Amazon Launches Mobile Video Ads

The online retailer, Amazon, is launching mobile ads on its shopping app in a bid to take a chunk of the $129 billion digital advertising market currently dominated by Google and Facebook.

Jeff Sue, General Manager of the Americas for Mintegral2019-04-02

How is Amazon’s mobile advertising offering set to work?

Amazon will be selling video spots which will appear on search results on their smartphone shopping app.

The ads will be short and tailored to the search criteria entered by the user. Each ad space can contain a brand logo, item photograph and a description and will be bought programmatically.

The complete roll out date for video spots has not yet been revealed though Bloomberg reports the service has been in beta testing on iOS for several months now.

Why is Amazon launching a mobile advertising suite now?

Video ads open up a new opportunity for Amazon to generate more revenue. Currently, Amazon sells the equivalent of static digital billboards on their apps.

By supporting video the ad space becomes a platform for small television commercials. This moving content has a greater ability to capture the attention of the consumer, especially across its eCommerce sites and onto platforms such as Amazon Prime.

Equally though, it also offers the chance for Amazon to enter the wider mobile market. This allows it to continue its steady advertising assault on both Google and Facebook, which has been developing over the past few years.

“They roll out these new experiences slowly to see if it disrupts the shopping experience and see if it’s something advertisers want,” said Collin Colburn, an analyst at Forrester Research. “This creates a new format for them and another way to sell space on the platform.”

Where does this advertising fit within Amazon’s business and within trends in the consumer market?

Adding video ads mobile comes after a long march towards displaying more product-related video content on Amazon.

Platforms such as YouTube and Instagram have helped make video advertising an essential part of the mix. While subscribers may be focusing more on the influencers they’re interested in following at first, the presence of video advertising between stories, in feed or pre-roll has helped advertisers target who they need to reach.

This can be seen in the forecast ad spend on video. Brands are predicted to spend nearly $16 billion on mobile video advertising this 2019, according to eMarketer, which is a growth of 22.6% from last year.

It, therefore, makes sense for Amazon to tap into video advertising on mobile devices as soon as possible. By offering another area for advertisers to purchase video inventory and linking it closely to its eCommerce activities, it offers a natural way for brands to encourage consumers to purchase through Amazon.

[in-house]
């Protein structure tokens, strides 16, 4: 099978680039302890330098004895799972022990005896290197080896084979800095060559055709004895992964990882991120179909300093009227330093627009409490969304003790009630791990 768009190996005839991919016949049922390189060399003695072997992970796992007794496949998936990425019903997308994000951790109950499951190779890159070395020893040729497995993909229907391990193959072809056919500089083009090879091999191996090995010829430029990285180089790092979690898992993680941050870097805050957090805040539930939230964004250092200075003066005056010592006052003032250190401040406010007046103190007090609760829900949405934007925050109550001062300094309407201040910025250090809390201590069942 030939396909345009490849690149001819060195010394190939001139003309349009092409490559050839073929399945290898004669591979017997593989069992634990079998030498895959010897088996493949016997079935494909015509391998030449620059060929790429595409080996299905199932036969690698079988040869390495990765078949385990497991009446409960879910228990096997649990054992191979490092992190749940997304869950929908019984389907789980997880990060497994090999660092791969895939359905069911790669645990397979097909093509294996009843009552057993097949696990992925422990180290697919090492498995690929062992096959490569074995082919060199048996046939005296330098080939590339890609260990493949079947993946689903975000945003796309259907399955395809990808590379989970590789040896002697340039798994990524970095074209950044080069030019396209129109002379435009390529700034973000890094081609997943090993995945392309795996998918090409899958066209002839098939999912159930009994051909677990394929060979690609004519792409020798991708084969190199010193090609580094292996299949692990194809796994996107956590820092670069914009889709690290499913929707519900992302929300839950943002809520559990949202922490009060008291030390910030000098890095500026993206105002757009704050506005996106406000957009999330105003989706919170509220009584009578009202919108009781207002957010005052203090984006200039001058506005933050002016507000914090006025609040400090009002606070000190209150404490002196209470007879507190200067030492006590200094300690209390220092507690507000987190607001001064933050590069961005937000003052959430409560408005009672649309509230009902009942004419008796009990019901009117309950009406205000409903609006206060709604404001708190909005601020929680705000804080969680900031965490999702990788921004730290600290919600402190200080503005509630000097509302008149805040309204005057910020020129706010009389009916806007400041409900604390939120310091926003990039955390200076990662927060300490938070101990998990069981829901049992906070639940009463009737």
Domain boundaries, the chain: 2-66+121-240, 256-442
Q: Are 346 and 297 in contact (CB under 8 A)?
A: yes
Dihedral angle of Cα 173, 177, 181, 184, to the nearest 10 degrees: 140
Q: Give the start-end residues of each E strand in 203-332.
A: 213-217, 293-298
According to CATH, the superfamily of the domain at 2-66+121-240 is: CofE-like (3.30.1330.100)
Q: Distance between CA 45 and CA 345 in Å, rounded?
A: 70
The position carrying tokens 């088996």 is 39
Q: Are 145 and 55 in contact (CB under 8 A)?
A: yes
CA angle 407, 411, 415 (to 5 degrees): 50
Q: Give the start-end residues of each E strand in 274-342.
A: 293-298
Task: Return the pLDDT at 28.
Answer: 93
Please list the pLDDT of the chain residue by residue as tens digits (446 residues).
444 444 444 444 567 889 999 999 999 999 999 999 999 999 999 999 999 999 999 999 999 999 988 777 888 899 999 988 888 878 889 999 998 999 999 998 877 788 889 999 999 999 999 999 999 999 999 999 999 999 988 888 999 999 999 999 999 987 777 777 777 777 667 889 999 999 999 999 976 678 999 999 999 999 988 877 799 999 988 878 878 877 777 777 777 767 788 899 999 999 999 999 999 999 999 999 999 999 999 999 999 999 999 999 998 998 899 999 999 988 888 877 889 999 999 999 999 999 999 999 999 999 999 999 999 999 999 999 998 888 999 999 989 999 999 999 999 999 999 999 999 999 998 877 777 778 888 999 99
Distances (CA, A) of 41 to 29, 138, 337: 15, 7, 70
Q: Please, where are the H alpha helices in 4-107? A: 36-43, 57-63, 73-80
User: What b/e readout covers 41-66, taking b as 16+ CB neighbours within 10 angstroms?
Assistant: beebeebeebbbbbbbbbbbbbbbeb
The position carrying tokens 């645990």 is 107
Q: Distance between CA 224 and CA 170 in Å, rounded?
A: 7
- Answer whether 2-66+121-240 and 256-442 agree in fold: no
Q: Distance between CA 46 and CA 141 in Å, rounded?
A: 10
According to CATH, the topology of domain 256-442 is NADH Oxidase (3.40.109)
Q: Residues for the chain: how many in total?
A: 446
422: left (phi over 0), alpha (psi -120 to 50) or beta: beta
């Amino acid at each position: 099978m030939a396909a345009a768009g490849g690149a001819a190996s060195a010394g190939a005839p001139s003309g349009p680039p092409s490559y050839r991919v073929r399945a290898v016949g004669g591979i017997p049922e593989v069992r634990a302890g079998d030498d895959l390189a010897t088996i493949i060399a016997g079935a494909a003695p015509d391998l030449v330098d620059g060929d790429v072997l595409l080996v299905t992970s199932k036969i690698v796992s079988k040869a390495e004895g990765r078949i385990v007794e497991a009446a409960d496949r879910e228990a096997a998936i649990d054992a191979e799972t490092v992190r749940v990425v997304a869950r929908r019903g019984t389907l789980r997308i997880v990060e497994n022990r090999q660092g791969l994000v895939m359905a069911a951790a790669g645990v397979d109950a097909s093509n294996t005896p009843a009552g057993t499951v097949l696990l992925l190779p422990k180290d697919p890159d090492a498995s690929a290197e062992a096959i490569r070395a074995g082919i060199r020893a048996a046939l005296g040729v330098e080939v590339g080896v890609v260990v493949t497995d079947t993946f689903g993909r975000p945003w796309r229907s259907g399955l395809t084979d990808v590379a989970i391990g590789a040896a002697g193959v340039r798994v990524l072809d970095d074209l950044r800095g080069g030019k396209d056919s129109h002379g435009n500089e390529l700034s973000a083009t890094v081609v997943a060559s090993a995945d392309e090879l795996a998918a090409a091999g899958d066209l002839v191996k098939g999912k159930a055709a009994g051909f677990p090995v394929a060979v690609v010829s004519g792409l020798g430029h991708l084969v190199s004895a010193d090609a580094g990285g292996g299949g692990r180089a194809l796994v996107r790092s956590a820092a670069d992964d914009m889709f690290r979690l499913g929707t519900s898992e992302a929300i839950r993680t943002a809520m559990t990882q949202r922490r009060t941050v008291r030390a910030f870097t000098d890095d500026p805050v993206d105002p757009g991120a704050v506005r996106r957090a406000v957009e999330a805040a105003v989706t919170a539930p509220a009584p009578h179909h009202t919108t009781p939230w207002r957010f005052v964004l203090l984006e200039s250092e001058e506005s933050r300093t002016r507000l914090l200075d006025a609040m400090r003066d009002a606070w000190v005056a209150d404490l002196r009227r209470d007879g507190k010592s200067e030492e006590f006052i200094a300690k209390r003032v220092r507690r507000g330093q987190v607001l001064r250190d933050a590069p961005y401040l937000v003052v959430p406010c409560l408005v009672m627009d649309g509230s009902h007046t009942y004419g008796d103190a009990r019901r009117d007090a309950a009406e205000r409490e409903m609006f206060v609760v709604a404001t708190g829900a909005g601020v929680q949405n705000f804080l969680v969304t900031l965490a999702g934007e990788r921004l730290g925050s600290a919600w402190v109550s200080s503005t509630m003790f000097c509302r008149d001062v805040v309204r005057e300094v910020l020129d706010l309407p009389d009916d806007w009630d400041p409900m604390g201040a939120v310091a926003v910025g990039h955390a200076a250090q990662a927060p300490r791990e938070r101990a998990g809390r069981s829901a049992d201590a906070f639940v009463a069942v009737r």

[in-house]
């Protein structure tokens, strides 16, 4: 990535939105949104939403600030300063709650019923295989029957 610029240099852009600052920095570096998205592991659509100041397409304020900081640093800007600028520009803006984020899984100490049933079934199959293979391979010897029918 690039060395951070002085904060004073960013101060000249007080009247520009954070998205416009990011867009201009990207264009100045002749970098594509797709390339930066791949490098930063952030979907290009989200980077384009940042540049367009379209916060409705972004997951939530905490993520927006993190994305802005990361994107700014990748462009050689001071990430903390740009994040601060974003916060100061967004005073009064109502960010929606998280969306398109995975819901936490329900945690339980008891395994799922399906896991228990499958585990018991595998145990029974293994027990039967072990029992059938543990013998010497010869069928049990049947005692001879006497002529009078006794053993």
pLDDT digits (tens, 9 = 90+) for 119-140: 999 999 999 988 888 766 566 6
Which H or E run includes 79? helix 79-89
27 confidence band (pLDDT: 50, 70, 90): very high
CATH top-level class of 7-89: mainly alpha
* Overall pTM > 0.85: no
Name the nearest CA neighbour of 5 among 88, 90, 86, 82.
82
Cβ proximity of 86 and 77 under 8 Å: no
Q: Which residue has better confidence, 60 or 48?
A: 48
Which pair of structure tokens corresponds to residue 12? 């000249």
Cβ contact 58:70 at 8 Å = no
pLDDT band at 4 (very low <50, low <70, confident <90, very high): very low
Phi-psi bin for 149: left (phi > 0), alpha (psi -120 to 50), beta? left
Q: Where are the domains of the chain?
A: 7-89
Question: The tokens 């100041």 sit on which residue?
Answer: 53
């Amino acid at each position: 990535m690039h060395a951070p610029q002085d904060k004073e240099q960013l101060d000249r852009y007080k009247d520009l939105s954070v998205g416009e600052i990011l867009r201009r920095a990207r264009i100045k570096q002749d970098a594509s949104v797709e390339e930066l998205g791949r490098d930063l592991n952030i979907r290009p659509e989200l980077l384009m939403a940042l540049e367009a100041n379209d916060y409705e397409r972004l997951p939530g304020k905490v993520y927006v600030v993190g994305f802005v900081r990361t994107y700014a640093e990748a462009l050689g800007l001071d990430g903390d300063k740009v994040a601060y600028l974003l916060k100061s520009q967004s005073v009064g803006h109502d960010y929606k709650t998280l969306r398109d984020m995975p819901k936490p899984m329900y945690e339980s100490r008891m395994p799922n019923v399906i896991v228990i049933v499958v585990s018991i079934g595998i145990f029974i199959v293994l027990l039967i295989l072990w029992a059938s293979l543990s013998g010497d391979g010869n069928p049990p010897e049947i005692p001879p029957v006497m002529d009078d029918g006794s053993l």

To what extent does this move threaten the other big players in the market?

Amazon already stands at a considerable advantage to Facebook and Google, since 50% of all online sales in the US go through the retailer. The question is whether it can then add a viable ad business to its core offering.

At the moment, Amazon is on the up. eMarketer reports Amazon’s digital advertising market share hit 6.8% in 2018 and it is due to grow to 8.8% this year. This is before the announcement of mobile video advertising inventory, which could push that up higher.

However, Amazon’s market share is currently some way back from its rivals.

Google is the current market leader in the digital advertising market. They made an estimated $42 billion last year from the US digital advertising market alone and held a global market share of 38.2% in 2018. Facebook, meanwhile, sits on roughly 19% of the overall global advertising market. This gives Amazon a hefty cliff face to climb.

But the duopoly’s grip on the market is beginning to slip. eMarketer predicts that Google’s ad share will decrease to a 37.2% market share this year, with Facebook continuing to plateau at 19%.

The question for Amazon is whether its ad offering will be the one to take additional market share or if it will, instead, lose track to competitors such as Snapchat.

What’s the best way to get started with Amazon’s ads?

Video ads will be made available through Amazon’s performance marketing platform, AMS (Amazon Marketing Services).

Advertisers will pay on a cost per view basis rather than cost per click. Amazon will require a minimum $35,000 ad budget to run a video spot for 60 days at five cents per view.

This does suggest a clear problem with Amazon’s offering compared to its rivals, namely the prohibitive campaign price for smaller companies. But agencies and brands with a significant budget will be tempted to come on board.


Launching video ads on its mobile platform is likely to widen Amazon’s revenue streams and increase the retailer’s digital advertising market share. While Google and Facebook are still the market leaders, the move could see them gain a deeper share of the market overall.

This is good news for advertisers. Amazon’s video ads provide a unique opportunity for advertisers to show their products to engage shoppers in new ways, all on one of the biggest product platforms in the world. But campaign costs will need to come down to allow more companies to play in the space.

Jeff Sue is the General Manager of the Americas for Mintegral, bringing 12+ years of experience in the ad-tech industry. Jeff oversees the user acquisition and ad monetizations parts of the business for the Americas, consulting developers on the opportunities in China and broader APAC. Before joining Mintegral, Jeff worked as a business development executive for NativeX, HyprMX, and Fyber.
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